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The histopathological examination showed well-defined and circumscribed solid tumor in the dermis extending to the subcutis [Figure 2]. Tumor cells were arranged in solid sheets, nests which were surrounding scattered vascular channels ([Figure 3], PAS counterstained with hematoxylin stain). The tumor was composed of uniformly round cells with well-defined cell borders with punched out darkly staining round to oval nuclei and clear to eosinophilic cytoplasm [Figure 4]. There was presence of edematous stromal collagen. PAS and reticulin special stains were done for cell membrane and blood vessels.
Figure 2: Histopathology with H and E stain showing a well-defined tumor in the dermis with solid sheets of tumor cells which are surrounding vascular channels (×100)

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Figure 3: Histopathology with PAS counterstained with hematoxylin stain showing cells arranged in nests and surrounding vascular channels (×400)

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Figure 4: Histopathology with H and E stain showing solid sheets of uniform tumor cells Tumor cells are regular and rounded with eosinophilic cytoplasm and darkly staining round to oval nuclei (×400)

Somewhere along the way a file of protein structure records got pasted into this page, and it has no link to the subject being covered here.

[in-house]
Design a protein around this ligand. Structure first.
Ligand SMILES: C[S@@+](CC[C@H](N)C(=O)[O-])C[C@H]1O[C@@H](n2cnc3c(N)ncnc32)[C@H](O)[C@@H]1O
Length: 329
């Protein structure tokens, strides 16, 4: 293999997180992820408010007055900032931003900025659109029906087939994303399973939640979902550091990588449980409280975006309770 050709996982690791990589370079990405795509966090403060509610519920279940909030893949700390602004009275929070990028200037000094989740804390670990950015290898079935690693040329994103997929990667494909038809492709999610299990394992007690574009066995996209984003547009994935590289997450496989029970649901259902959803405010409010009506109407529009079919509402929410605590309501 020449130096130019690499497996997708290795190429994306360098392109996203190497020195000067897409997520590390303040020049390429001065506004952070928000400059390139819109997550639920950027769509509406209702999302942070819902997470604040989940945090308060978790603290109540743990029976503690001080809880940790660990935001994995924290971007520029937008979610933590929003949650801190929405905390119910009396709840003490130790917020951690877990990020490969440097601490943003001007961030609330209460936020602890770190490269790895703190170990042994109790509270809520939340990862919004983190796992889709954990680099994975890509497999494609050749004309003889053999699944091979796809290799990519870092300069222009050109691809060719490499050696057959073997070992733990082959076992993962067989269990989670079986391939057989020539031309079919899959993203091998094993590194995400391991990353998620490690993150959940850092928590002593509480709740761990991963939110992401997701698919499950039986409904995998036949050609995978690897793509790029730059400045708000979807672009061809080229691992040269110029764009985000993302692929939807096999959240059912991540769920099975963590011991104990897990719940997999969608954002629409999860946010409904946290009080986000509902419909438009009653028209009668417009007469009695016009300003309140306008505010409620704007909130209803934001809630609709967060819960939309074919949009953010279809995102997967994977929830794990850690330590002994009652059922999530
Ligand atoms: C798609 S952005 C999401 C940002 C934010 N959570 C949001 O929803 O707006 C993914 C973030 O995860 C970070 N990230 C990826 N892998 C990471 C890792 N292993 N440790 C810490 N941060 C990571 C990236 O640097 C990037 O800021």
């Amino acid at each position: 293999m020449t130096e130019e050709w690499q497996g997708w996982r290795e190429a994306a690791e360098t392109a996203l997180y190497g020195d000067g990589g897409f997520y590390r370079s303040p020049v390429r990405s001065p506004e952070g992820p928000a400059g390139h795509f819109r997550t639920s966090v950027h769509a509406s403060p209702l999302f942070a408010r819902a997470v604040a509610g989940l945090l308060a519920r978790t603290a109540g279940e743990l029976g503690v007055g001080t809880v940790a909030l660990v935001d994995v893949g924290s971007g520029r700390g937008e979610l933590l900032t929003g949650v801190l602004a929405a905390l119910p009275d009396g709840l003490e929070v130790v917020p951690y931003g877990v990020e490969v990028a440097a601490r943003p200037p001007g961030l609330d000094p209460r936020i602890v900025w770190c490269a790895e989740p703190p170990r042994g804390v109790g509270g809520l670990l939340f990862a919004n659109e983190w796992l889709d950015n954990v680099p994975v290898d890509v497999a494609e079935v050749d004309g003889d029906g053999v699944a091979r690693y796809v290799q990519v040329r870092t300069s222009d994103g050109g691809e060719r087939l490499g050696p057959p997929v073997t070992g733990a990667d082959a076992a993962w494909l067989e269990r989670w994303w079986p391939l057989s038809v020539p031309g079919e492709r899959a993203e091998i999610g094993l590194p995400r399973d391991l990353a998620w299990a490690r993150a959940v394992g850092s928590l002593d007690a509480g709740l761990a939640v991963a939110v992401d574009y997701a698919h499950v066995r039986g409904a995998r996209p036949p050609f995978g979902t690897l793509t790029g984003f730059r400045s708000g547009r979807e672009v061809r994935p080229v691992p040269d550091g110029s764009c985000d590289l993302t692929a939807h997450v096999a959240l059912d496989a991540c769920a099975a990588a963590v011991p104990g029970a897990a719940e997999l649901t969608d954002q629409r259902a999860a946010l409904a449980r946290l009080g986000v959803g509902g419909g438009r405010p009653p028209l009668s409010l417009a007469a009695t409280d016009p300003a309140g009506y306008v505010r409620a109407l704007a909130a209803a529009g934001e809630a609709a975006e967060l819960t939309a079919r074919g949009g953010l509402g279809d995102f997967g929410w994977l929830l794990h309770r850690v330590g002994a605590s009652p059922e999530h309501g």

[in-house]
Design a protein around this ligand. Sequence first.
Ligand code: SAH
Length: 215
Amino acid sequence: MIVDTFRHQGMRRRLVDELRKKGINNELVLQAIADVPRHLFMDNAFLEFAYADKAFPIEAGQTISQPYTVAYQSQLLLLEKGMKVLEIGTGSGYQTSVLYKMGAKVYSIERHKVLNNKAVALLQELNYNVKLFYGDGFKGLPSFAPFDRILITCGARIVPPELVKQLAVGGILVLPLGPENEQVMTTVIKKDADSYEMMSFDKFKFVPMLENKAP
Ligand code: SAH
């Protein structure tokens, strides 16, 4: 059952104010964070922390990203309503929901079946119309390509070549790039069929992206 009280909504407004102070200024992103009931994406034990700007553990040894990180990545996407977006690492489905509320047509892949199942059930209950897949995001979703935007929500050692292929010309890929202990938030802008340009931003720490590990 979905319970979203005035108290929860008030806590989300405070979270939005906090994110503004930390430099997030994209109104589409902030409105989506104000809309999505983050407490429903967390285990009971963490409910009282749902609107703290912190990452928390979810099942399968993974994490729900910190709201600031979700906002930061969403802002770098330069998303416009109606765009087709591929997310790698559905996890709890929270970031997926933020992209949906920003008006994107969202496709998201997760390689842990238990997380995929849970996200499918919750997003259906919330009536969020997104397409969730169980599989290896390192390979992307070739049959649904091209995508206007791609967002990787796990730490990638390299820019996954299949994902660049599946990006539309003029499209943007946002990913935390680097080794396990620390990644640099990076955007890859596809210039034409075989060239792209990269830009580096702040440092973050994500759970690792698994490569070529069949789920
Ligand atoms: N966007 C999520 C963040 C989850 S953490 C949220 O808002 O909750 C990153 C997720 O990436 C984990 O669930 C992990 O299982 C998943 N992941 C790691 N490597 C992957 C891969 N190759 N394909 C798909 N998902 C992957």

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  What is Your Diagnosis ? Top

Answer: Glomus tumor

  Discussion Top

Glomus tumors were first described clinically by Wood in 1812 as "painful subcutaneous tubercles". Glomus body is a neuromyoarterial body found within the reticular dermis that functions as a specialized form of arteriovenous anastamosis. The arterial end, or Sucquet - Hoyer canal is surrounded by uniform glomus cells. Glomus cells have properties similar to smooth muscle cells. Under normal conditions glomus bodies act to regulate blood flow to the skin. [1] Glomus bodies lie in the stratum reticularis of the dermis and are particularly numerous in the digits, palms and soles of the feet. [2]

Glomus tumors are neoplasms of normal glomus body. They classically present with a triad of symptoms- pain, pin-point tenderness with blunt palpation and hypersensitivity to cold. [1]